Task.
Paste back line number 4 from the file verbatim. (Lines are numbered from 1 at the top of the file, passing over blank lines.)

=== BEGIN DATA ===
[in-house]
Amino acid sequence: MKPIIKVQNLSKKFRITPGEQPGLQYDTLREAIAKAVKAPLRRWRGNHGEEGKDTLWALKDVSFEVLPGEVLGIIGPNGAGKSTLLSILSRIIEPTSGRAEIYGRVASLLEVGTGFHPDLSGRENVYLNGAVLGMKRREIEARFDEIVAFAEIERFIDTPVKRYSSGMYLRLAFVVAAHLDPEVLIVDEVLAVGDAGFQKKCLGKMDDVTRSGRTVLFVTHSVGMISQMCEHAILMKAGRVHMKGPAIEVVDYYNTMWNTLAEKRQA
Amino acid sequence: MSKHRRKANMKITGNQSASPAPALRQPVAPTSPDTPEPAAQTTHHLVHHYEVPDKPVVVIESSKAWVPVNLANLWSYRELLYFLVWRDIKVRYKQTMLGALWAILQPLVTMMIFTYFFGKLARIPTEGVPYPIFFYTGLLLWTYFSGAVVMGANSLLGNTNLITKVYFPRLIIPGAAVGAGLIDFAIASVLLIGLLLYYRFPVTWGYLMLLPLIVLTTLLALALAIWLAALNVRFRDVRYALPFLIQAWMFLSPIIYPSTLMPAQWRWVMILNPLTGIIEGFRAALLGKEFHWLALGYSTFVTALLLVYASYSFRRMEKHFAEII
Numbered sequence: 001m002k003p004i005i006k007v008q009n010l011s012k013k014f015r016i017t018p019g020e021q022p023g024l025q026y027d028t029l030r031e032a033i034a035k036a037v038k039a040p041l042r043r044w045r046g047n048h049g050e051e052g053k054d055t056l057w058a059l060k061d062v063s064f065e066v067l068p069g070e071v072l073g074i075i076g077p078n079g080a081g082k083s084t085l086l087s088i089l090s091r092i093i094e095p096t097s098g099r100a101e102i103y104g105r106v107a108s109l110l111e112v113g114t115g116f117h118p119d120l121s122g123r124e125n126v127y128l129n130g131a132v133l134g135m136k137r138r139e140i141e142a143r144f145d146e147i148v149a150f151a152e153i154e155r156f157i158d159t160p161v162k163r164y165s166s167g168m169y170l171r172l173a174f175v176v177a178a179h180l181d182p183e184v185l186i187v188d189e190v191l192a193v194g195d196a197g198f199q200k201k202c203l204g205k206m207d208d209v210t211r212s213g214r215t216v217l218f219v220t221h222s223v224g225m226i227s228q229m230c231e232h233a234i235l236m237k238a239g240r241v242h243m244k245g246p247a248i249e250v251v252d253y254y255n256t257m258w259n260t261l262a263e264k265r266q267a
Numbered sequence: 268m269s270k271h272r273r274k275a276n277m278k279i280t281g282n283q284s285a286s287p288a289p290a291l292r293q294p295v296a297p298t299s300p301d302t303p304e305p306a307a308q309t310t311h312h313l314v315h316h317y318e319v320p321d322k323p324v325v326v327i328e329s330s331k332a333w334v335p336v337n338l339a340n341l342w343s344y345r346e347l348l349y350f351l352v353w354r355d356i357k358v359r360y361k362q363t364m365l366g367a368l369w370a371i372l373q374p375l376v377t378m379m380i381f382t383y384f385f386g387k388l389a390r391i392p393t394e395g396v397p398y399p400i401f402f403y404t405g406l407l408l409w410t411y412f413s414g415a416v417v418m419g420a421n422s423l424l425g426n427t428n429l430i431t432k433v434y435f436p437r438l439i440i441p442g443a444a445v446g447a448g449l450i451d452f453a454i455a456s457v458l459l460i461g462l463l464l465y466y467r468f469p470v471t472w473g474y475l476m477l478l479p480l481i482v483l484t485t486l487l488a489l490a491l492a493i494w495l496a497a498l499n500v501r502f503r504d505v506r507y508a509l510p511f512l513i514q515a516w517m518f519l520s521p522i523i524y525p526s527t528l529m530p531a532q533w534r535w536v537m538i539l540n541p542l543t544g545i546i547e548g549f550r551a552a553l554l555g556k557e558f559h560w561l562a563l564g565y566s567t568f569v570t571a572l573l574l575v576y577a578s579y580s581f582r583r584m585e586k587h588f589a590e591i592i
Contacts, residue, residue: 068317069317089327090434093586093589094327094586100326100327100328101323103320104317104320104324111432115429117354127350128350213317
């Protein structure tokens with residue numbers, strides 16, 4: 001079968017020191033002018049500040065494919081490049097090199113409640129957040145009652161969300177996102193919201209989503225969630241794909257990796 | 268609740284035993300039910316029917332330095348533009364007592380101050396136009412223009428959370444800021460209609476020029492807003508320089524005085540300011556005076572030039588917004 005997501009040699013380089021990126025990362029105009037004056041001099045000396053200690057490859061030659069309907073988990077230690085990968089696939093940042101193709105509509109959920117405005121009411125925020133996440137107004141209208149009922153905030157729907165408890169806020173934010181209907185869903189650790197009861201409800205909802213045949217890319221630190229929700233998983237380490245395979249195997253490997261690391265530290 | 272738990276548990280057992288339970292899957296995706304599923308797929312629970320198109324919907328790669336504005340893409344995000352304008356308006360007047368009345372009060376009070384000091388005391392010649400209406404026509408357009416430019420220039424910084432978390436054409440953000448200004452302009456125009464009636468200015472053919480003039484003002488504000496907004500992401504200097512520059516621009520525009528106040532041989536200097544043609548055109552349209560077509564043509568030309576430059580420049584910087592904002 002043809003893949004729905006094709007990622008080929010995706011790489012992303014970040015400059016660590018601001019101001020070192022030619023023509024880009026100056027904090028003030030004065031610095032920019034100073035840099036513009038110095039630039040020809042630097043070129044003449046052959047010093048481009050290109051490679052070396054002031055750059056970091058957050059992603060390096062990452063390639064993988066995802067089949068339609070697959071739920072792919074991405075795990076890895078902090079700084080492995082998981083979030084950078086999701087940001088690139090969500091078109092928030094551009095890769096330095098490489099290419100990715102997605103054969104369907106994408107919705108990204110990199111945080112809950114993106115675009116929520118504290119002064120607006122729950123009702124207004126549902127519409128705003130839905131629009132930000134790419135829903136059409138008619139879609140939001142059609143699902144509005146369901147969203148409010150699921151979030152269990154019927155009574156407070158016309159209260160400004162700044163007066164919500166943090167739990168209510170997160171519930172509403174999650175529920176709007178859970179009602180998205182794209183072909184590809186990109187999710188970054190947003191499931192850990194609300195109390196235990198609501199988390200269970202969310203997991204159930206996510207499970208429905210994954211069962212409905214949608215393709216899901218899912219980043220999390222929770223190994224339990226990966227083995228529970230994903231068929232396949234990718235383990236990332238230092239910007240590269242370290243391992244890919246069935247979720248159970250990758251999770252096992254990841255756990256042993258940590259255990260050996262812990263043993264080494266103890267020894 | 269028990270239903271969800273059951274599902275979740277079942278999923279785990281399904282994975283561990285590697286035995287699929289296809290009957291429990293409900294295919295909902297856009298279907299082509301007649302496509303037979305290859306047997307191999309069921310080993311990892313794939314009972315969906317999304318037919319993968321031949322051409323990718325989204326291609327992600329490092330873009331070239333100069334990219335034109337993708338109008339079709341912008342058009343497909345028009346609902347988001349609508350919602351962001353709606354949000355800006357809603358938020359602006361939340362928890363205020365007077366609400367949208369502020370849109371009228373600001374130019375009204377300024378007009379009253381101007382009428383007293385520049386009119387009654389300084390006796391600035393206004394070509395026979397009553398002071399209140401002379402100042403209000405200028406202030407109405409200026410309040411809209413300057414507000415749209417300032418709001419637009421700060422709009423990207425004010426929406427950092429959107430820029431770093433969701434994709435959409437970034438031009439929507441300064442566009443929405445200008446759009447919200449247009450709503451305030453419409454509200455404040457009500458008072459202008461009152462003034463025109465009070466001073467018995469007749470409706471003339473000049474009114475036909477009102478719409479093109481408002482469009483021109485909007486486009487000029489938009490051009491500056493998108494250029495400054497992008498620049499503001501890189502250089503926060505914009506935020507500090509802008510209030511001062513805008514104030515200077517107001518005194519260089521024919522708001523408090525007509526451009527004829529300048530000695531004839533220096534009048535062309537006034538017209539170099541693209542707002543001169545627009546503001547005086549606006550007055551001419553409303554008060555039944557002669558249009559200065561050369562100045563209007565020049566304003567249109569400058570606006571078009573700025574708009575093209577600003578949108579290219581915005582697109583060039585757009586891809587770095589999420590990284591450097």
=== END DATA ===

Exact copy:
Numbered sequence: 001m002k003p004i005i006k007v008q009n010l011s012k013k014f015r016i017t018p019g020e021q022p023g024l025q026y027d028t029l030r031e032a033i034a035k036a037v038k039a040p041l042r043r044w045r046g047n048h049g050e051e052g053k054d055t056l057w058a059l060k061d062v063s064f065e066v067l068p069g070e071v072l073g074i075i076g077p078n079g080a081g082k083s084t085l086l087s088i089l090s091r092i093i094e095p096t097s098g099r100a101e102i103y104g105r106v107a108s109l110l111e112v113g114t115g116f117h118p119d120l121s122g123r124e125n126v127y128l129n130g131a132v133l134g135m136k137r138r139e140i141e142a143r144f145d146e147i148v149a150f151a152e153i154e155r156f157i158d159t160p161v162k163r164y165s166s167g168m169y170l171r172l173a174f175v176v177a178a179h180l181d182p183e184v185l186i187v188d189e190v191l192a193v194g195d196a197g198f199q200k201k202c203l204g205k206m207d208d209v210t211r212s213g214r215t216v217l218f219v220t221h222s223v224g225m226i227s228q229m230c231e232h233a234i235l236m237k238a239g240r241v242h243m244k245g246p247a248i249e250v251v252d253y254y255n256t257m258w259n260t261l262a263e264k265r266q267a